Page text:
A three day adventure to mark the start of our nine days of backpacking (3x three-day trips) through Strathcona Park. This trip would take us all over Strathcona, experiencing a wide variety of terrain and sights, hitting a few of the easy highlights in the park! Stay tuned!
This 19km round-trip hike takes you through lush forest, past a half dozen
waterfalls, and up sub-alpine gullies and scrambles before reaching the open
rocky peaks of this mountain. With amazing views of the Elk River Valley and
lots of potential for ridgeline camping, King's Peak will keep drawing you back.
We did this as a very relaxed 3-day hike; it can easily be done as a day hike or
an overnight trip.
From Campbell River, follow Hwy 28 towards Gold River. At the south end of
Upper Campbell Lake, follow the bridge westwards and continue towards Gold
River for a further 20km. Turn left onto Elk River Rd, a poorly signed small
gravel road just metres before the bridge crossing the Elk River. If you reach
the Elk River Trailhead, you've gone too far.
There are no facilities at the trailhead or on the trail. The nearest bathroom is
at the nearby Elk River trailhead, a kilometre westbound on Hwy 28.
|Notes||Cell service available on the summit.|
July 25-27, 2020
Trailhead to Ridgeline (Elev. 1470m)
We rose early and hit the trail at 6:20am, the morning air still chilly in the shaded parking lot. The trail to King's Peak rose swiftly away from the river, and soon passed under the power lines. The power line access area can be used as an alternate starting point, shortening the hike by about 20 minutes or so each way. After a quick picture with the trailhead sign, we continued up towards the mountain.
Blueberry bushes dotted the sides of the trail and the bitter, nearly-ready fruits provided a nice snack as we pushed on. After crossing a bridge over the creek (a small unnamed creek flowing from the King's Peak snowmelt), the trail dove deep into the cool trees. Slowly climbing switchback after switchback, we were finally treated to a view of the valley disappearing from underneath at 625m of elevation. The crisp morning gave wonderful blue sky views towards Crest and Big Den mountains to our north.
A little after 8:00am we started to hear the sound of rushing water through the trees. A few turns later, we came upon the first waterfall of the day. Turns out, there were many more to follow! We packed down and pulled out the camera, putting on an extra layer as the water spray cut us to the bone. After capturing a few shots, we carried on quickly to escape the frigid mist.
The trail followed the creek for a short time, ascending rapidly in short switchbacks. Climbing up a very rooty "staircase", we finally leveled out and turned a corner to find another creek crossing, sans bridge this time. This gorgeous location contained several more falls - both large and small - so we packed down for a snack and more pictures before picking our way across the rocks to the far side of the creek.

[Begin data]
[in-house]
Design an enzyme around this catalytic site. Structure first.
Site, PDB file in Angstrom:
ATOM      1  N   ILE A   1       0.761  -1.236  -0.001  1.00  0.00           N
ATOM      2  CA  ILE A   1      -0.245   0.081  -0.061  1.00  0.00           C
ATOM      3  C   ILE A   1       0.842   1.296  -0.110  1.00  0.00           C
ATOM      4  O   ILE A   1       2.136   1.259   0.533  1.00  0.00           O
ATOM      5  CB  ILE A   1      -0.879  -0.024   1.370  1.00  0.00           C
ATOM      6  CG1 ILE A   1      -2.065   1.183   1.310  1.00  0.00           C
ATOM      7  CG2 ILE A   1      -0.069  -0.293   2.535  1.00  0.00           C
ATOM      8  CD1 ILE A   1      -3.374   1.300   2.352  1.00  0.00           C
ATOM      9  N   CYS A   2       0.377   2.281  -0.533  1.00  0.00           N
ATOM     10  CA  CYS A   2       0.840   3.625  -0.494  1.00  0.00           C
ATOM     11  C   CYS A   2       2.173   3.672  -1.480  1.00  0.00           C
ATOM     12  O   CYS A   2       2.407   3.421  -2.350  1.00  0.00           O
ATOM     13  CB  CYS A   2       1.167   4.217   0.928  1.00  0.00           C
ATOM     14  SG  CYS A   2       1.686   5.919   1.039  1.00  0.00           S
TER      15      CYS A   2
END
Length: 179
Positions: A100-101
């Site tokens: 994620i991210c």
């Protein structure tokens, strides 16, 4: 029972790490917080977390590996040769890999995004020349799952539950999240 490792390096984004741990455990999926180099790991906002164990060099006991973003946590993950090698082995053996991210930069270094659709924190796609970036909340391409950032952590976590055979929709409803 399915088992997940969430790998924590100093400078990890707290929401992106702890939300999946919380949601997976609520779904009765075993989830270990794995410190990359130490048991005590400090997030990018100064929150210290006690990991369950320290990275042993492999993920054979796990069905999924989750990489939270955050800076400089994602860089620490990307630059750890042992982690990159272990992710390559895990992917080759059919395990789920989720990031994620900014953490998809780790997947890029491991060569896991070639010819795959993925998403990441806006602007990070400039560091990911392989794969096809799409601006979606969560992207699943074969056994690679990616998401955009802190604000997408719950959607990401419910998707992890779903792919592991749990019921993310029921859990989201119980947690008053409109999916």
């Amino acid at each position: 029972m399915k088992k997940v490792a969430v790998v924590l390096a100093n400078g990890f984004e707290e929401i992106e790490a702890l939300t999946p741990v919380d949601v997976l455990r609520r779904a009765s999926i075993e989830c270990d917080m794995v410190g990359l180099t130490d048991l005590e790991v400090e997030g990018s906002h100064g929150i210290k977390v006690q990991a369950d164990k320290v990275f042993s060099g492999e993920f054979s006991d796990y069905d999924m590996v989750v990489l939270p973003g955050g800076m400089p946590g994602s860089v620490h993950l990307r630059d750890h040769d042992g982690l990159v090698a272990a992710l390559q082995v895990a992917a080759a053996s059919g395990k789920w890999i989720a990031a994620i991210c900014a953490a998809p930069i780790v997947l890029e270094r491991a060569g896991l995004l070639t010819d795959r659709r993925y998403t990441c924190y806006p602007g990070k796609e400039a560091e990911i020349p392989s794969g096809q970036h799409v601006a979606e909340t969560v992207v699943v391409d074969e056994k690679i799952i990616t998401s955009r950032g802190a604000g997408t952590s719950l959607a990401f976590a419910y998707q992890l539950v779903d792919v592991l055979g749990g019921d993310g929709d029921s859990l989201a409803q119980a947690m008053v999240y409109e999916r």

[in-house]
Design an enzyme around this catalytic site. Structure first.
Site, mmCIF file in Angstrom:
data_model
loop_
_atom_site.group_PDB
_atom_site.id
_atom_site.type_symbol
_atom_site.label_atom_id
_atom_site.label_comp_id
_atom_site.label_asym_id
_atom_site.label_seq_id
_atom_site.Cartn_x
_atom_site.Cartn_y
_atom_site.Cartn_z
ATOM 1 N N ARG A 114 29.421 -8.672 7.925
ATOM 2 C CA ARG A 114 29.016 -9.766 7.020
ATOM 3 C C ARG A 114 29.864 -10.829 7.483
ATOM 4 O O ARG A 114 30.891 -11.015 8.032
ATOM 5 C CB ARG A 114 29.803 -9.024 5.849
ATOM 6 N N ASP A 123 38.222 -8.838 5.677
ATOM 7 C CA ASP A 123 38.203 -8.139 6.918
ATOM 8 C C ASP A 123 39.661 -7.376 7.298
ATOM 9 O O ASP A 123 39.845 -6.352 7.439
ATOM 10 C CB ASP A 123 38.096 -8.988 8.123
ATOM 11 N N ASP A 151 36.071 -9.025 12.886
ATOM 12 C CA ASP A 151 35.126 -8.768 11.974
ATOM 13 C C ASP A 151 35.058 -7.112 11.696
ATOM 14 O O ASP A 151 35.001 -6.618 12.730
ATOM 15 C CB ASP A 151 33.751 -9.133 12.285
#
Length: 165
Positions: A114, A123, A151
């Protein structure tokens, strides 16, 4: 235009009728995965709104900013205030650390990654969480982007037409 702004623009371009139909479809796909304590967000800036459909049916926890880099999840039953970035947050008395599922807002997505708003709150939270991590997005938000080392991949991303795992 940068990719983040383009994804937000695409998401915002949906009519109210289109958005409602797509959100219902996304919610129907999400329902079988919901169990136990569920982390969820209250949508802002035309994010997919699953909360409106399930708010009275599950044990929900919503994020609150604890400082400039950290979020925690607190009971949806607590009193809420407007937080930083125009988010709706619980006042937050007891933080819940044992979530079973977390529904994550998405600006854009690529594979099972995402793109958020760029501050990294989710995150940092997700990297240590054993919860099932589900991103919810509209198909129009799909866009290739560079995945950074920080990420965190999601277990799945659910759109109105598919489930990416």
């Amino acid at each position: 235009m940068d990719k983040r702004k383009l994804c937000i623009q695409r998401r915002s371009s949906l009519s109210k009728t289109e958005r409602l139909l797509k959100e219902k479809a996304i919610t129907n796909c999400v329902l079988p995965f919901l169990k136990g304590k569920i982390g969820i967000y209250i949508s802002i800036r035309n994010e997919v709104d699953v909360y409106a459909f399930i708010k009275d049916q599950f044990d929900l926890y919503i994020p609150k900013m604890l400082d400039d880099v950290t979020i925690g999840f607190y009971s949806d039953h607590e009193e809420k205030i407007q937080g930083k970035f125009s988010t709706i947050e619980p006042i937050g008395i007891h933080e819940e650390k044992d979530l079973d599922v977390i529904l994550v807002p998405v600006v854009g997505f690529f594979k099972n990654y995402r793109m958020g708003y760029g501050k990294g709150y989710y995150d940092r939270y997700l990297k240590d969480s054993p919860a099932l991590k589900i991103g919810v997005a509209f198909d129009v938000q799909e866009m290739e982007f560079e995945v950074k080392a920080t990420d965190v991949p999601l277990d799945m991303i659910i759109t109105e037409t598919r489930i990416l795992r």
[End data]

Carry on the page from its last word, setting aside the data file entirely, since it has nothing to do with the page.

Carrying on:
The trail soon led us onto a beautiful glen. With the river burbling off to our right, we picked our way through flowered meadows and up towards the lower gulley. The trail quickly turned loose and sandy as we began the longer steep ascent to get up into the North Bowl.
We arrived at the North Bowl around 10:30am, our pace up the mountain having been very slow and relaxed. At that point, we were faced with a decision: Do we stay in the comfortable but uninspiring bowl, or carry on up to the ridgeline and gamble on finding water and a tarn? We decided to risk it and headed up, knowing that we had lots of time in the day to backtrack if necessary.
Several different trails led southward away from the bowl, but all were well-cairned and converged higher up into a nasty gulley that climbed up to the ridgeline. Full of sand, loose rock, and water-slicked boulders, the gulley was short but left us very ready for lunch as we crested the ridgeline just before noon. A gorgeous vista was our reward for the ugly climb, with views of Mt Colonel Foster, Elkhorn Mountain, and the rest of the Elk River Valley. Turning around, we could see over Buttle Lake all the way to the Juan de Fuca Strait and the mainland coastal mountain ranges beyond.
We spent the afternoon exploring around the ridge and looking for a suitable tarn with a water source, but it was not meant to be. The ridge was bone dry with the exceptions of a few mere trickles of water that dropped from melting snowfields to be gobbled up by the thirsty ground. So, we finally pitched camp near where the trail initially mounted the ridgeline and emptied our bags... it was time to brave the gulley again in search of water.
After carefully negotiating the descent, we quickly found moving water on the lower slopes. Purifying enough water to last for the rest of our trip, we repacked our bags with the now-full water dromedary and bottles and turned back up towards camp. A sweaty climb ensued as we hauled our load of water several hundred meters back up the slope.